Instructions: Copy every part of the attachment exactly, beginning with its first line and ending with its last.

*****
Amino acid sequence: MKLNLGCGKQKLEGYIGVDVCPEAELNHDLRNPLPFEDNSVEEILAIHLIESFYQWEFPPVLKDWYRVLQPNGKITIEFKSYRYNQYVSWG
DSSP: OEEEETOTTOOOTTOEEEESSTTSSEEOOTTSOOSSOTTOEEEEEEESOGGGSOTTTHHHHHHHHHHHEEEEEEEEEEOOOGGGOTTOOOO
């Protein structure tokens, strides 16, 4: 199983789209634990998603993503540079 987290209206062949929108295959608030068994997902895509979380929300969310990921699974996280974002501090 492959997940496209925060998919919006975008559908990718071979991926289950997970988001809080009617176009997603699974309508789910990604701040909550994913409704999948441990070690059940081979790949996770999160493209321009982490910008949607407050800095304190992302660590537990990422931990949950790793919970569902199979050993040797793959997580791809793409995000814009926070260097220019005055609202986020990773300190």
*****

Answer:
Amino acid sequence: MKLNLGCGKQKLEGYIGVDVCPEAELNHDLRNPLPFEDNSVEEILAIHLIESFYQWEFPPVLKDWYRVLQPNGKITIEFKSYRYNQYVSWG
DSSP: OEEEETOTTOOOTTOEEEESSTTSSEEOOTTSOOSSOTTOEEEEEEESOGGGSOTTTHHHHHHHHHHHEEEEEEEEEEOOOGGGOTTOOOO
């Protein structure tokens, strides 16, 4: 199983789209634990998603993503540079 987290209206062949929108295959608030068994997902895509979380929300969310990921699974996280974002501090 492959997940496209925060998919919006975008559908990718071979991926289950997970988001809080009617176009997603699974309508789910990604701040909550994913409704999948441990070690059940081979790949996770999160493209321009982490910008949607407050800095304190992302660590537990990422931990949950790793919970569902199979050993040797793959997580791809793409995000814009926070260097220019005055609202986020990773300190």